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A detached retina is serious and can affect your sight. Here’s what you need to know.
A detached retina occurs when the retina becomes separated from the underlying support tissue and once that happens, the detached layers prevent the retina from functioning.
It is extremely important to get to a qualified eye doctor immediately if you believe you have a detached retina, since it can result in permanent loss of vision if the retina is not reattached soon.
Signs of A Detached Retina
You suddenly notice spots, floaters or flashes of light.
Your vision becomes blurry.
You see a shadow or curtain either come down from the top or across from the side of your eye.
These signs and symptoms can occur gradually or suddenly if the retina detaches quickly. The most important thing to do is to visit your eye doctor if you experience them and get checked out because waiting too long can lead to permanent vision issues and even blindness.
- An injury to the eye or face
- Cataract surgery
- Eye disease and systemic diseases such as diabetes and sickle cell. Diabetic retinopathy can mean that new blood vessels grow under the retina, causing the retina to push away from its support network.
- People who are extremely nearsighted have longer eyeballs with thinner retinas that are more likely to detach.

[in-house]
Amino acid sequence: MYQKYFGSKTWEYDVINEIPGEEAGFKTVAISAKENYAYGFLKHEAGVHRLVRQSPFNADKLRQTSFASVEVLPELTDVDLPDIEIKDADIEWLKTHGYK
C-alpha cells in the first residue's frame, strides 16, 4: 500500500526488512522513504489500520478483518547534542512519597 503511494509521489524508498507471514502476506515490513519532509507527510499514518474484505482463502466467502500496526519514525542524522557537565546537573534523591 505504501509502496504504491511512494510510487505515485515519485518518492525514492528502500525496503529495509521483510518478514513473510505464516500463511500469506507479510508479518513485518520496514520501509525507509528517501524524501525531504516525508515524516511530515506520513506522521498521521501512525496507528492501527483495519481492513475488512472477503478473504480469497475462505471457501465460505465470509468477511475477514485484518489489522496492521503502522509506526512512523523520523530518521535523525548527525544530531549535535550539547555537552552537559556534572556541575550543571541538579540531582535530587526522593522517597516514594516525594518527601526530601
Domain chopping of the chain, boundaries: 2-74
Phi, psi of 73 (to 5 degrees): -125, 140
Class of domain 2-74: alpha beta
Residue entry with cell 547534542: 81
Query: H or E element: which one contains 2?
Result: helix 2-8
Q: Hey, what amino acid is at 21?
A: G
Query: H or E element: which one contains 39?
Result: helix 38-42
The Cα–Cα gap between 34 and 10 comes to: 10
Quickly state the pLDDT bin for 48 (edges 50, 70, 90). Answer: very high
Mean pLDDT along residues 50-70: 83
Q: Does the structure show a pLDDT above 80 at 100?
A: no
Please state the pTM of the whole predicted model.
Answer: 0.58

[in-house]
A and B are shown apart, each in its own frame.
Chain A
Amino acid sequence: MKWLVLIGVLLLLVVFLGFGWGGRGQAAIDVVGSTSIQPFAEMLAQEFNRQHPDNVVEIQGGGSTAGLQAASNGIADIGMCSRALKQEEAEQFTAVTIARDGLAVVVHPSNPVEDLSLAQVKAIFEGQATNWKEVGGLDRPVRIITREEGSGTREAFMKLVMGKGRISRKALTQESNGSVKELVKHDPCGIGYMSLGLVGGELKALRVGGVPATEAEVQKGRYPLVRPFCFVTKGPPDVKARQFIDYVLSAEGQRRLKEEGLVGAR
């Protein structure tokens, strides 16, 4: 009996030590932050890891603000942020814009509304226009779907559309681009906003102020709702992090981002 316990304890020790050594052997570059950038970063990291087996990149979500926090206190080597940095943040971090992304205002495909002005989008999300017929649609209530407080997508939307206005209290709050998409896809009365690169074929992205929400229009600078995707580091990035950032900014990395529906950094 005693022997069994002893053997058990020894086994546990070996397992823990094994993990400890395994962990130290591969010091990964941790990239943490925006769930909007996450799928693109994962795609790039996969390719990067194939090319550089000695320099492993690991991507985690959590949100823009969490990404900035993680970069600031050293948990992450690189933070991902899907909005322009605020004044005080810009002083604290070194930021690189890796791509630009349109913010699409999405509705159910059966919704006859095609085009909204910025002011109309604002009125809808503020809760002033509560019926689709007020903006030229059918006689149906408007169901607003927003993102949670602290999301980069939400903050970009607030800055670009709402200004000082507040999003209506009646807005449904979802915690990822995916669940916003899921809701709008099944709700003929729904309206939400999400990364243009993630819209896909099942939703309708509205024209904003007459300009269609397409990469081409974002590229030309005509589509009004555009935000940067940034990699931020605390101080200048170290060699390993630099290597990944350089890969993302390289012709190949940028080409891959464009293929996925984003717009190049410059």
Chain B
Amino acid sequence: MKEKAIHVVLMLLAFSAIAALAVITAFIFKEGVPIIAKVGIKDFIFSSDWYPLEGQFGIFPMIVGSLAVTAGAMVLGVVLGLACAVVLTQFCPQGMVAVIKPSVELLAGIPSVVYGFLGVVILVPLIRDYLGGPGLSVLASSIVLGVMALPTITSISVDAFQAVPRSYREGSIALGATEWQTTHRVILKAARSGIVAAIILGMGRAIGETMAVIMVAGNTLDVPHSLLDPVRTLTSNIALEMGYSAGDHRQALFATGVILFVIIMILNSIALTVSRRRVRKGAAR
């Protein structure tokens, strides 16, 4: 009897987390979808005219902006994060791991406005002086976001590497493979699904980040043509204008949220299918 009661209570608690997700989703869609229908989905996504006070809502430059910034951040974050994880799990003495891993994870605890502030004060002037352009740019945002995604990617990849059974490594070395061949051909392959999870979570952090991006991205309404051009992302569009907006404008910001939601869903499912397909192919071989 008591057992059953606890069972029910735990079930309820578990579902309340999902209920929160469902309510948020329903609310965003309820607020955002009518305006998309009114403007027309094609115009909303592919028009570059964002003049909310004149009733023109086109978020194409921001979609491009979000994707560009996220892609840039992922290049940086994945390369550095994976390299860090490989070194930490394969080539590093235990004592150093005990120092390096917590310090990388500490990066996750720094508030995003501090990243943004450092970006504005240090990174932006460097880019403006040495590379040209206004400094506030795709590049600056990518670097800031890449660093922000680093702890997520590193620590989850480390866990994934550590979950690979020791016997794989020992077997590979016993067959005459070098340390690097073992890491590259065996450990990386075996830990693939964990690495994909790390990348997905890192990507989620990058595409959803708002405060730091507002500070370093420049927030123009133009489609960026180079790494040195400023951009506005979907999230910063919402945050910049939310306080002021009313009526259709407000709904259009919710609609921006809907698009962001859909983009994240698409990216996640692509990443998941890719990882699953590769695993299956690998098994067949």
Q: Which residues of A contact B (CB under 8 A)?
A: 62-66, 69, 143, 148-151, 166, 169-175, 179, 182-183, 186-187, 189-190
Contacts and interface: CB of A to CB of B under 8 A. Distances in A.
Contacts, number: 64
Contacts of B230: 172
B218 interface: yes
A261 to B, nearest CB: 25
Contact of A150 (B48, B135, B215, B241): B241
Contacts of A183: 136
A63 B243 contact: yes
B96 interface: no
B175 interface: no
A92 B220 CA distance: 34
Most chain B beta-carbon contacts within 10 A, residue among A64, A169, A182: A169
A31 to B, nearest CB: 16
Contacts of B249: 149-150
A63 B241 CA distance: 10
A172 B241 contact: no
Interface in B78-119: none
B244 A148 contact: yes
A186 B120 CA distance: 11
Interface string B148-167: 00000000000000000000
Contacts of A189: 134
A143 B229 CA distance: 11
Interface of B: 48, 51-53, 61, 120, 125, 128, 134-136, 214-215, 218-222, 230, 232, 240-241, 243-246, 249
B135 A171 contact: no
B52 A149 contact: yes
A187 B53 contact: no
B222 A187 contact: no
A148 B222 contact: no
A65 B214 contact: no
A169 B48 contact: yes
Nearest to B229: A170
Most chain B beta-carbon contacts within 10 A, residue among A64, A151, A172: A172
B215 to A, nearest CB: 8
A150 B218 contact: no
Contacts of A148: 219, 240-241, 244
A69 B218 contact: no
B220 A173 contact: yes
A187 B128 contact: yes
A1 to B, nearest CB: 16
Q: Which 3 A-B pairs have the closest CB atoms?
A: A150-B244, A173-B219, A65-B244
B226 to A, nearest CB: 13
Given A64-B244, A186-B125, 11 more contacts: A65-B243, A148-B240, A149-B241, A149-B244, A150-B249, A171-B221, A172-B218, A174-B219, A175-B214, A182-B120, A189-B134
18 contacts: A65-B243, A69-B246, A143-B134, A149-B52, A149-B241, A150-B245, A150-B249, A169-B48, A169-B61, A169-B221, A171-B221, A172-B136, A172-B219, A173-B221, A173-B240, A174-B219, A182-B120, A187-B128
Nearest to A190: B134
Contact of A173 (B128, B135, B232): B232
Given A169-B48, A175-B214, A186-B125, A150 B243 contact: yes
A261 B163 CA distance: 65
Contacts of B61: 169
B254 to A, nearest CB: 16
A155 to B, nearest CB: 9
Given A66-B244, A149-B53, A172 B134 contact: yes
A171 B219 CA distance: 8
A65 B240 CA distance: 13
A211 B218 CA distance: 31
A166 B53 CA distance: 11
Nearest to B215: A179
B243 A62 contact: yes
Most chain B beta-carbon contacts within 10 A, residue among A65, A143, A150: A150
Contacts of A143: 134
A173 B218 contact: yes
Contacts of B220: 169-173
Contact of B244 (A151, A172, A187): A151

- It is extremely rare, but a detached retina can occur after LASIK surgery
The only treatment for a detached retina is for an eye surgeon to reattach it.There are several methods used to do this and it usually requires surgery. The characteristics of the detached retina usually will determine the surgery or procedure necessary to treat it. Laser surgery and cryotherapy (freezing) are two commonly used surgeries to reattach the retina.
Though surgery does have risks, as previously mentioned without any treatment a detached retina will usually lead to permanent vision loss or blindness. In some cases, a second surgery may be necessary.
It is also important to note that complete vision correction will not occur immediately and can take several months. According to the Journal of the American Medical Association, up to 50% of people who experience a retinal tear will have another detachment later in their life.
Interesting Facts about Detached Retinas
South Africa's Dr. Percy Amolis invented the Retinal Cryoprobe used successfully on former British Prime Minister Margaret Thatcher to repair a detached retina. He also removed a cataract from Nelson Mandela's eye that enabled the former president to, for the first time, read a speech without glasses.
In 1981, Champion boxer Sugar Ray Leonard was forced to retire because of an injury which caused a detached retina. If he had not quit fighting, he would have risked going blind.
Publisher and politician Joseph Pulitzer became blind in both eyes because of his detached retinas when he was in his 40s.
We now know that wearing protective eyewear, especially during sports activities where head or eye trauma can occur, may help prevent detached retinas and long-term vision issues.